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Water rescues are becoming more of a norm after a nearly unprecedented wet winter

The Maricopa County Sheriff's Office said they have conducted six water rescues over the last week.

PHOENIX — Sunday afternoon a man hung on to a tree, stranded in the middle of the Salt River awaiting rescue.

It became the latest in a string of water rescues as first responders deal with rising waters throughout the Valley.

"We’ve been very lucky, we’ve had a lot of resources dedicated to this," said Maricopa County Sheriff's Office Sgt. Joaquin Enriquez.

Enriquez said the county water rescue team has been training on the Salt River over the weekend.

On Friday, Phoenix fire officials rescued a couple stranded in their car after they tried to cross a flooded road on 91st Avenue.

“We had two that were trapped on top of a car and had to be rescued with a helicopter,” said Captain Larry Subervi with the Phoenix Fire Department.

The increase in water rescues coincides with more water flowing downstream from northern Arizona.

“Folks who are new to the Valley, folks who have been here for years, this is new for everybody,” Salt River Project's Patty Garcia Likens said.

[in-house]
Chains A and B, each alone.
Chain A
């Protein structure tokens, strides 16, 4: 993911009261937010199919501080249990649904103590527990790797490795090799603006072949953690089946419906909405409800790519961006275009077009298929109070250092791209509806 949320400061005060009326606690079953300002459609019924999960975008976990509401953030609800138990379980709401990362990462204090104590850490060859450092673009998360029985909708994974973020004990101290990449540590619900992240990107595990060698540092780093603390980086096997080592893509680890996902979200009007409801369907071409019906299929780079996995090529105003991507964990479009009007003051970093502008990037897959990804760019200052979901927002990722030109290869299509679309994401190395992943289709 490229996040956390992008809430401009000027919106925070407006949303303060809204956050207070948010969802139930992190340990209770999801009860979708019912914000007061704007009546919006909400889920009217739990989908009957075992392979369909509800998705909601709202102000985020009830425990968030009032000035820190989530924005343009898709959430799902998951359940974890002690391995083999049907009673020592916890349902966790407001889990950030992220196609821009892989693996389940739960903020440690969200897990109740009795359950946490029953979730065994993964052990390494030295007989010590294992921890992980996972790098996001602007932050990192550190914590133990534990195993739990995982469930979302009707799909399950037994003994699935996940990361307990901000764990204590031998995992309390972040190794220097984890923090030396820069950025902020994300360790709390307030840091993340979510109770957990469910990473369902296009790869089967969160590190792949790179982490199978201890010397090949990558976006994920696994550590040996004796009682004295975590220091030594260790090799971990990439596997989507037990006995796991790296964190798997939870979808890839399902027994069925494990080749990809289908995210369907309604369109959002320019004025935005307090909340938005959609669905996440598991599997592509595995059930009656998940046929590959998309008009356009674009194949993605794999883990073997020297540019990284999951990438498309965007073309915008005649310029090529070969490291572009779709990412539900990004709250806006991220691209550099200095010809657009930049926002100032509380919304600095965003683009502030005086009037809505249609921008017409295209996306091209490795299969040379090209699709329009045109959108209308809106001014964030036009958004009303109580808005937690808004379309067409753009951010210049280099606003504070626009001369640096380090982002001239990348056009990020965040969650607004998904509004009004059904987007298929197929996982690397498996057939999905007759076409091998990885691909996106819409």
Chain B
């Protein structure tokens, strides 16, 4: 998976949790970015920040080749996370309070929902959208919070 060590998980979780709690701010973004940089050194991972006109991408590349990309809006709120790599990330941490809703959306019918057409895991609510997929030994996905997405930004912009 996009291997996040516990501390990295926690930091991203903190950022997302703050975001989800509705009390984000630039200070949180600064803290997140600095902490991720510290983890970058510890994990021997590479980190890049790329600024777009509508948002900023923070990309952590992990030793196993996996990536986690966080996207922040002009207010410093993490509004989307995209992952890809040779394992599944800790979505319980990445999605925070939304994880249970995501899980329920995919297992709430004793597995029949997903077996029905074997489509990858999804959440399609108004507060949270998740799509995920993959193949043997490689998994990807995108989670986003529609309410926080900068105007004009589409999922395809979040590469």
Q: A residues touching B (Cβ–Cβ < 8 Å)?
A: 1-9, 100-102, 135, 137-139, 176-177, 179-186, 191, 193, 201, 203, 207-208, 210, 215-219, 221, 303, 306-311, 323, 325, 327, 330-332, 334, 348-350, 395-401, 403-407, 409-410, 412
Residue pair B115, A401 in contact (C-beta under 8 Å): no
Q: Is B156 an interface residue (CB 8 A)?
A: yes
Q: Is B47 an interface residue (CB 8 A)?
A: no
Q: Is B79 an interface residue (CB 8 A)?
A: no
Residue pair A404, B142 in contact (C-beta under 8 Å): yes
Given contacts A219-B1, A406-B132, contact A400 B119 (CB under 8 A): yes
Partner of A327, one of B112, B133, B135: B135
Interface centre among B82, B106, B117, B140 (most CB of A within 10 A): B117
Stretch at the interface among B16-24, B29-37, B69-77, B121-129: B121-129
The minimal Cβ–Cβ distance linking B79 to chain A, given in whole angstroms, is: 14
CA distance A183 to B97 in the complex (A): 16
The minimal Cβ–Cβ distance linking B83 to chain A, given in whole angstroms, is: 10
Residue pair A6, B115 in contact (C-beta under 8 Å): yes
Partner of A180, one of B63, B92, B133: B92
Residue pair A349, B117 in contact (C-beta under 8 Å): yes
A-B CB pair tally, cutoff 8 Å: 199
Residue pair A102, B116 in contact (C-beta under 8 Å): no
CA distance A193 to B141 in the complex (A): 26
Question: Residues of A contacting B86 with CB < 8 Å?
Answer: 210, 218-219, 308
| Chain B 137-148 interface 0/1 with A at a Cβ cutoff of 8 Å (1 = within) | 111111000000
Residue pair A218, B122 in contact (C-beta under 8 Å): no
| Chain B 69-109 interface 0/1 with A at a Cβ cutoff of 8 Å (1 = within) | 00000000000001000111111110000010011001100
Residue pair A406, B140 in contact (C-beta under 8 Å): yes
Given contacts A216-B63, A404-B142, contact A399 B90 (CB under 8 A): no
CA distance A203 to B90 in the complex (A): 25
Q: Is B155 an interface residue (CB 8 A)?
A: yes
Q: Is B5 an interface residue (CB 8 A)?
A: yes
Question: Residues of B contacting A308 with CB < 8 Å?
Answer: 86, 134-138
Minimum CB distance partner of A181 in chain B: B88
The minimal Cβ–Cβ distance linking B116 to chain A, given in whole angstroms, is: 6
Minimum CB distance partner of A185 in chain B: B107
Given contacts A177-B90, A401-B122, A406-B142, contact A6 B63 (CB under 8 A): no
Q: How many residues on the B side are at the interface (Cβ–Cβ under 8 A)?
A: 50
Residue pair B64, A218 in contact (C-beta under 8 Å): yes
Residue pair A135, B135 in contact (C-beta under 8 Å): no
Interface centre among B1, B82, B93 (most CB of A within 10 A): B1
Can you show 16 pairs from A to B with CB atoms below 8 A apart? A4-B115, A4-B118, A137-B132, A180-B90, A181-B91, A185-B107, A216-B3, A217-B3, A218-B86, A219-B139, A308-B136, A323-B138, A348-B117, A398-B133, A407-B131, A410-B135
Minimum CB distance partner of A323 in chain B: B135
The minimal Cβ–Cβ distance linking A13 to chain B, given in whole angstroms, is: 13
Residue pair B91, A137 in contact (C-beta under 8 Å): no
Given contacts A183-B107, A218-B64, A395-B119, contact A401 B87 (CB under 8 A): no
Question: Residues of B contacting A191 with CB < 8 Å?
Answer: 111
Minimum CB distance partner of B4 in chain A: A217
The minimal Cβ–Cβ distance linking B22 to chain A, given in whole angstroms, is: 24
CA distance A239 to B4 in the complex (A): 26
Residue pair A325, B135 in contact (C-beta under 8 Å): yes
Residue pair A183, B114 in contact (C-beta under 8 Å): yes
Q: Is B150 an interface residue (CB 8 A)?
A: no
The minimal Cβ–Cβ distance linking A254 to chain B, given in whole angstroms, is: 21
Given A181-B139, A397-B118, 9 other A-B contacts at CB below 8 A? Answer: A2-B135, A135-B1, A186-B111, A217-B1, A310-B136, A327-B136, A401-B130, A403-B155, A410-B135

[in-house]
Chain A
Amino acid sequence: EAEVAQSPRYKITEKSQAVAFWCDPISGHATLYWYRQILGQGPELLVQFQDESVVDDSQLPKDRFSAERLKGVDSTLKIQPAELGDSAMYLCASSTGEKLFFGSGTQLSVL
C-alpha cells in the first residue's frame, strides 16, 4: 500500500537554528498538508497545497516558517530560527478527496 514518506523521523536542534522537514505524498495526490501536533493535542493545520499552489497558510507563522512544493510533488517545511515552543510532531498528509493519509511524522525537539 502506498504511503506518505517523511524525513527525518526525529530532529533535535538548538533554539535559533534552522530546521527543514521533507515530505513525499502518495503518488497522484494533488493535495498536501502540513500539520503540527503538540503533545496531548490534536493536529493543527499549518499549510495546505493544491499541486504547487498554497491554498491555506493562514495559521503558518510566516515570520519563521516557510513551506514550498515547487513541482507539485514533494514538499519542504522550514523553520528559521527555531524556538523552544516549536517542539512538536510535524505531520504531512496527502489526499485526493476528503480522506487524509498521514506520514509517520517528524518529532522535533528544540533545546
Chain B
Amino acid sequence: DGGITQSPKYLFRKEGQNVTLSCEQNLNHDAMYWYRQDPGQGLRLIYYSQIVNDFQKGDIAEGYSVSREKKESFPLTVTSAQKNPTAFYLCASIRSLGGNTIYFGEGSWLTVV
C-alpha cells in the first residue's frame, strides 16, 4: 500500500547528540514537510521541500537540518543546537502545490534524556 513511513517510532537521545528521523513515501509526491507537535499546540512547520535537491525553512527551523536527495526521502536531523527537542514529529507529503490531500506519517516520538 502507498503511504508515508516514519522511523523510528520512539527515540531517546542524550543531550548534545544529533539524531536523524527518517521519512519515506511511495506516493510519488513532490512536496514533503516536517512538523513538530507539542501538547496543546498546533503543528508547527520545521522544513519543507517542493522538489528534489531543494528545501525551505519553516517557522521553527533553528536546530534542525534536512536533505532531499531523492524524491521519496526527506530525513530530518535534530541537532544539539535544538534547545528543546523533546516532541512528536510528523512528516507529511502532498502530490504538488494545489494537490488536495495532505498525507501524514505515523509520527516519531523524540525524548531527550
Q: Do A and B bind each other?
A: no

SRP estimates there are a million feet of water up north in the form of snowpack.

“This is the heaviest snowpack we’ve seen in about 30 years,” Garcia-Likens said.

SRP is releasing water from its reservoirs to make room for the impending snow melt. The release is controlled, but the water still floods roads and contributes to high water levels.

Phoenix fire warns motorists to avoid crossing flooded roadways.

“The reality is you can't see what’s underneath. The sticks, the debris, that’s going through there. All it takes is something small to knock you off balance, and then you’re flowing down the river,“ Subervi said.

"A lot of people go 'it’s not going to happen to me.' The reality is it is happening to someone. If you take a chance and try to cross this river, that person could absolutely be you."

SRP said these conditions may continue for some time. They expect to continue releasing water for the next several weeks, potentially into mid-April.

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